WASHINGTON — Democrats are poised to ditch Iowa and move up Michigan in their presidential primary calendar starting in 2024, according to several Democratic officials involved in the process.
Party members debating the future of their nominating process have been anxiously waiting on word from the White House ahead of a key meeting Friday, and one senior official said it was “safe to say” Michigan was President Joe Biden’s preference.
New Hampshire, Nevada and South Carolina are likely to retain their early spots, while Iowa would lose its first-in-the-nation status. Many insiders expect will Michigan will follow the other three states.
The reshuffling, which party insiders expect to be formally proposed at a Democratic National Committee Rules and Bylaws Committee meeting that starts Friday, is aimed at simultaneously enhancing the influence of nonwhite voters in the nomination process and ensuring Democrats pick standard-bearers who can compete effectively against Republicans in battleground states.
“I want our primary process to reflect the direction of our party,” said one committee member. Michigan offers racial and ethnic diversity, as well as a mix of urban, suburban and rural voters, this person said, adding that “Iowa just doesn’t have that.”
Final ratification will take place at the next meeting of the full DNC early next year, but the White House endorsement paved the way for the new plan.
Michigan, which has been seen as a leading contender for weeks, is a Midwest battleground state, critical to Democrats’ so-called Blue Wall, and has the racial, economic and geographic diversity Democrats said they’re looking for. It is also far larger than any of the other early states.
Democrats also flipped the Michigan Legislature and Gov. Gretchen Whitmer won re-election last month, ensuring state support for the new primary date. The Michigan state Senate voted Tuesday to move their presidential primary to the second Tuesday in February, a month earlier than its current date.
“It’s something that people have been pushing for for a long time. I think it’d be great for our state. I think we’d be a great fit,” Rep. Haley Stevens, D-Mich., told NBC News on Thursday.
While Nevada retained its spot as first in the West, it was nonetheless a disappointment to its top political and party officials, who were perhaps most aggressive in their attempts to supplant New Hampshire to become first in the nation.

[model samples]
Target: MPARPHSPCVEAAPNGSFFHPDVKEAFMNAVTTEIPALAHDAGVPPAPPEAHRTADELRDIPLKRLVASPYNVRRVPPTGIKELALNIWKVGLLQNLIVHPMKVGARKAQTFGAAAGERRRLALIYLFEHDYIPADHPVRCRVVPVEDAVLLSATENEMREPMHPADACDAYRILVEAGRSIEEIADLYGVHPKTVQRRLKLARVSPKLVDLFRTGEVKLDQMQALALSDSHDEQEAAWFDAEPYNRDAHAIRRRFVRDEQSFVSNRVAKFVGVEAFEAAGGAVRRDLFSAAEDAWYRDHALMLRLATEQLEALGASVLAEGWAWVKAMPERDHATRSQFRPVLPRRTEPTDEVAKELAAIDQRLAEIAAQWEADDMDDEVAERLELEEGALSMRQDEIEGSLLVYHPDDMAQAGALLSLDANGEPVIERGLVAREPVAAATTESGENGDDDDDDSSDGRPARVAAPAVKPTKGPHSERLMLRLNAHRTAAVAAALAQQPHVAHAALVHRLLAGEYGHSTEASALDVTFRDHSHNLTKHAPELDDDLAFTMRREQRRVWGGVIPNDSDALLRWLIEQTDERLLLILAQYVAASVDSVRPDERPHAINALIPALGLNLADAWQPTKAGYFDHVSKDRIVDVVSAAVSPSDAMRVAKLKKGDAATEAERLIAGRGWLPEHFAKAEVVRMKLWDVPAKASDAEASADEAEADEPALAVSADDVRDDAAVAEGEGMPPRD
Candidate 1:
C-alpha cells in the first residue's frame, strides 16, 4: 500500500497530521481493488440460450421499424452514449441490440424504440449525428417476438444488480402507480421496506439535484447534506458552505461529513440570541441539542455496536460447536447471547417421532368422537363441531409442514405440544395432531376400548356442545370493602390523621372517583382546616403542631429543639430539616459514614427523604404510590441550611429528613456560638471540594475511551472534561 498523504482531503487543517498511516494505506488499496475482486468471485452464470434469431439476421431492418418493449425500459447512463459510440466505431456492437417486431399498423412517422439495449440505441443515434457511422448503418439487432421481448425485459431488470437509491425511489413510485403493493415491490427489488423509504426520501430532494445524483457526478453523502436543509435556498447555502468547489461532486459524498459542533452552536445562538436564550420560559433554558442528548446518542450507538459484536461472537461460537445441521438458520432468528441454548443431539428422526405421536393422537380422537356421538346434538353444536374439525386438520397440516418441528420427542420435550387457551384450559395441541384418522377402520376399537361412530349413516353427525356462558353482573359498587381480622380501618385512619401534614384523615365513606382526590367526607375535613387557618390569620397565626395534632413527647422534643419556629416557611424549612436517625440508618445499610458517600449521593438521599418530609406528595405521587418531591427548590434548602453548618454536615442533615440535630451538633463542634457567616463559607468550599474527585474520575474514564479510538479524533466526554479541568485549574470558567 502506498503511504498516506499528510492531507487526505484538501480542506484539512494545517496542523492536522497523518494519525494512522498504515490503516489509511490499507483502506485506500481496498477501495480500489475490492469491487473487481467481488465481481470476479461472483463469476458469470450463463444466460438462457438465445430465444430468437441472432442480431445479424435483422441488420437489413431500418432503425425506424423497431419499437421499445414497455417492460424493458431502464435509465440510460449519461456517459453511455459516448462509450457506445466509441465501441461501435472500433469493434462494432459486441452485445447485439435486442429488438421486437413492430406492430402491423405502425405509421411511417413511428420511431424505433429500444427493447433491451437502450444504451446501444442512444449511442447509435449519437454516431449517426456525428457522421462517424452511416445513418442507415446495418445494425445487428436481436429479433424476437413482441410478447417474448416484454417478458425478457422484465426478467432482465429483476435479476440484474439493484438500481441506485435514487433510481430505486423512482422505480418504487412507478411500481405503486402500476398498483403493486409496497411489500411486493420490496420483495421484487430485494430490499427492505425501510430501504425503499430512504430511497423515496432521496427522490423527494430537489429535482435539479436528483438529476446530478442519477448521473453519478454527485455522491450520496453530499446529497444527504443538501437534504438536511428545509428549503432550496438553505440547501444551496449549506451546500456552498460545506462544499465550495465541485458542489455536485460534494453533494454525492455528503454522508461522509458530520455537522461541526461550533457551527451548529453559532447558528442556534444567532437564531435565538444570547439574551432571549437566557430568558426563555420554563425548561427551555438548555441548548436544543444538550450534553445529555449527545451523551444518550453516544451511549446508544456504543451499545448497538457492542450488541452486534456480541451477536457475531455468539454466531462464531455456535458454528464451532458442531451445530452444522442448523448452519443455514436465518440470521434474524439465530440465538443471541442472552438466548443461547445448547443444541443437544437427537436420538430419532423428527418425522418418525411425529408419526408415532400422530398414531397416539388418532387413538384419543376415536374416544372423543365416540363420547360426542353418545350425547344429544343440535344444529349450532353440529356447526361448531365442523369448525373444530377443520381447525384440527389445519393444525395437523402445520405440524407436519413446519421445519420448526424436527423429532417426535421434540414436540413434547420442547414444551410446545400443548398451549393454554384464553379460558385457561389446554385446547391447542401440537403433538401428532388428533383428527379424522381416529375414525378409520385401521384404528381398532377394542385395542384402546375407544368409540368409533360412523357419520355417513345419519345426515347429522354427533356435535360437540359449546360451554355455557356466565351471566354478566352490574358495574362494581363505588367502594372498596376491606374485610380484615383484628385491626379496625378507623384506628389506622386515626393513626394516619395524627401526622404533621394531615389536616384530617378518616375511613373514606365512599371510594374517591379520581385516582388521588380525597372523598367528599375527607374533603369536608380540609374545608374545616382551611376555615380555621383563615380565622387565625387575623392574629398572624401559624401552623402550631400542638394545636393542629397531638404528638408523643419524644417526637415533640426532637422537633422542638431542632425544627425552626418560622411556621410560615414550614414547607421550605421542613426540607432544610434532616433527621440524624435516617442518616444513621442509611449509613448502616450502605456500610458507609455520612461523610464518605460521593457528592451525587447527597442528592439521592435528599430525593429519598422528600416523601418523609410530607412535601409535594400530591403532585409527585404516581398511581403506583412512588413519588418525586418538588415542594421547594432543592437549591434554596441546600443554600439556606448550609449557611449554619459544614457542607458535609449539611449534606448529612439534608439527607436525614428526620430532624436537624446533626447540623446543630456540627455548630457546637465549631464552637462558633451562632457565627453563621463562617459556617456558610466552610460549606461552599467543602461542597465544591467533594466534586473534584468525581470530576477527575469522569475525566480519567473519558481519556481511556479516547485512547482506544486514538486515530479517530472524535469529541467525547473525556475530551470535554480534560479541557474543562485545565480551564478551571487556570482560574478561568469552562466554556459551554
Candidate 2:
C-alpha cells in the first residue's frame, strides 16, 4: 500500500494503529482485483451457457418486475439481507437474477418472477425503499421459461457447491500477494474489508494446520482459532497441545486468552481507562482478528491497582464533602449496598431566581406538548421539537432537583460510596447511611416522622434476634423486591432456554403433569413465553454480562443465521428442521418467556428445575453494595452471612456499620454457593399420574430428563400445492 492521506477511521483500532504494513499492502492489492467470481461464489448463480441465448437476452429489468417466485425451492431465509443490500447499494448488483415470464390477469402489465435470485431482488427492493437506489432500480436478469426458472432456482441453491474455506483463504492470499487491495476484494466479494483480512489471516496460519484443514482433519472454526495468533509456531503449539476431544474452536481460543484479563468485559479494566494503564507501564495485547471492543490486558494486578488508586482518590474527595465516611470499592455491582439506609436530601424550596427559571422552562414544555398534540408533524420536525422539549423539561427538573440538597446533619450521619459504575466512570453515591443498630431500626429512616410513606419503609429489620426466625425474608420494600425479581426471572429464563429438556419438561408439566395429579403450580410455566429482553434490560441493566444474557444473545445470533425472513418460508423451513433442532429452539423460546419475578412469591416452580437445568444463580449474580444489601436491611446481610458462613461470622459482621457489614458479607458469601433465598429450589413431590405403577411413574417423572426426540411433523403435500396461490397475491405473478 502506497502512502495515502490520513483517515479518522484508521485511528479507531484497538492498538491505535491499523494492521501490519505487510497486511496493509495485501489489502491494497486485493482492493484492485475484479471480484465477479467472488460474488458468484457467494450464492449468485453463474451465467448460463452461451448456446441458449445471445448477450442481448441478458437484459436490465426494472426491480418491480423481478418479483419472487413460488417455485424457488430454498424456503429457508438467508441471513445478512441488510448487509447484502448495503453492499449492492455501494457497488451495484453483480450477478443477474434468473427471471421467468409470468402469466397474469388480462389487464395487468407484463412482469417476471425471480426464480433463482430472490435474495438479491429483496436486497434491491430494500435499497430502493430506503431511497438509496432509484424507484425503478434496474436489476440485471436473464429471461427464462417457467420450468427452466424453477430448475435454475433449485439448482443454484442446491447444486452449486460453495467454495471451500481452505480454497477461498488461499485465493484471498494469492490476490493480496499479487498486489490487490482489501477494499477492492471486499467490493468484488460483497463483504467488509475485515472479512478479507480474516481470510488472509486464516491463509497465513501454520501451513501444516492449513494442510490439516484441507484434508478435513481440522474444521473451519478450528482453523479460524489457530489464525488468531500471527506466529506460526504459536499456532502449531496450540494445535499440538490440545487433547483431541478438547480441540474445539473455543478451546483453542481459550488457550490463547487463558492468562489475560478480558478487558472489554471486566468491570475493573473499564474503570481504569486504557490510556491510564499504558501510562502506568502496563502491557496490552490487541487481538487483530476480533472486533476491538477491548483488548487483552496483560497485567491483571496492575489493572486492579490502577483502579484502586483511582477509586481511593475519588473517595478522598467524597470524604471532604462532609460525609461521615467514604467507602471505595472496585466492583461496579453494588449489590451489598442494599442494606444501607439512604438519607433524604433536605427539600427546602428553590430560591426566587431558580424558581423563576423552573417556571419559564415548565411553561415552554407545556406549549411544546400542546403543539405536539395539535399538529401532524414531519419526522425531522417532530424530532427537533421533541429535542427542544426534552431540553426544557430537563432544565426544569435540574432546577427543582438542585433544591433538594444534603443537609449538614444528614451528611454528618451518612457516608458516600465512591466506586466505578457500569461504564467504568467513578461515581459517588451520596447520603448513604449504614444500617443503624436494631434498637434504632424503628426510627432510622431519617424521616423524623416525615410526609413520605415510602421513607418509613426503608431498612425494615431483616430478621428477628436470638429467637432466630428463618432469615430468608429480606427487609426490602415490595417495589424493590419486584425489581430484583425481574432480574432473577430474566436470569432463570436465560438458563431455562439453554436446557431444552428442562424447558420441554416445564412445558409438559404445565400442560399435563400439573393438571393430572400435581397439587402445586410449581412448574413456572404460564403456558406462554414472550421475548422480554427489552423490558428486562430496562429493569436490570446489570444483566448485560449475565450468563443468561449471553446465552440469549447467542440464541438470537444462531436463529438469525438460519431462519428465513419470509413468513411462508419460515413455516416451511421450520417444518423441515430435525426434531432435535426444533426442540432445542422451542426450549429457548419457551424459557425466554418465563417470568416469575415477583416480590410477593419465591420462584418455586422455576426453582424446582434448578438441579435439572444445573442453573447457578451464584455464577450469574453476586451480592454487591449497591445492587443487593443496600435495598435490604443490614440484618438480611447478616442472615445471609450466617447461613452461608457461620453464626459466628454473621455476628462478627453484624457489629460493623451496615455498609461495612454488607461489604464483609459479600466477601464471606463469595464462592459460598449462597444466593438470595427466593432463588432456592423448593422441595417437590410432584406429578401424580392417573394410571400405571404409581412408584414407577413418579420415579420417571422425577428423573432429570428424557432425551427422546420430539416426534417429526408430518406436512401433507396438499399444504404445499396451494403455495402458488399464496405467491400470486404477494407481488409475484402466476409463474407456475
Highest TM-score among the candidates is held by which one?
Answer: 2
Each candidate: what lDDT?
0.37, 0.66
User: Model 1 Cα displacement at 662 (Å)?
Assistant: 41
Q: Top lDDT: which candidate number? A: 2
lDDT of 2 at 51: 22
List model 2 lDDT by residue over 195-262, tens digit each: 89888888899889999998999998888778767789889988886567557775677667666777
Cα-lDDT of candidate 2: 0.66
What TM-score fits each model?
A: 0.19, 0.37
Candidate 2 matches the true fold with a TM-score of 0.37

“You can come into this state when you’re running for president and [if] your message resonates and you win Nevada, then that messaging is going to carry you through the rest of the country.” Democratic Sen. Catherine Cortez Masto said in an interview. “Nevada is a microcosm of the rest of the country.”
South Carolina, which boosted then-candidate Joe Biden to a lead Democratic presidential primary contender in 2020, also retained its place as first in the South.
Dozens of other states submitted bids to join the early states, which are given permission by the Democratic and Republican parties to hold their nominating contests before the rest.
Democrats have been in the process of revisiting their calendar since 2020, when Iowa Democrats botched their caucuses, a debacle that followed years of criticism that the increasingly Republican state is too red politically and too white demographically to play such a critical role in selecting Democratic nominees.
In his three White House runs, Joe Biden has never performed well in Iowa. He flamed out in the state in 1998, won less than 1 percent of caucuses in 2008 and came in fourth place in 2020.
As president and leader of his party, Biden’s opinion carries weight, even though most expect him to run essentially unopposed for the Democratic nomination in 2024.
Republicans still plan to stick with Iowa, which has held the coveted first-in-the-nation status since the 1970s. That means the two parties will have different presidential primary maps for the first time in years.
Some in Iowa have threatened to hold their caucuses early regardless of what the DNC says, but states that try to cut in line or disobey the national party risk losing their representation at the national conventions, where presidential nominees are formally selected.
The DNC refused to seat half the delegates from Michigan and Florida in 2008 after the states moved up their primaries without authorization.
Sahil Kapur contributed.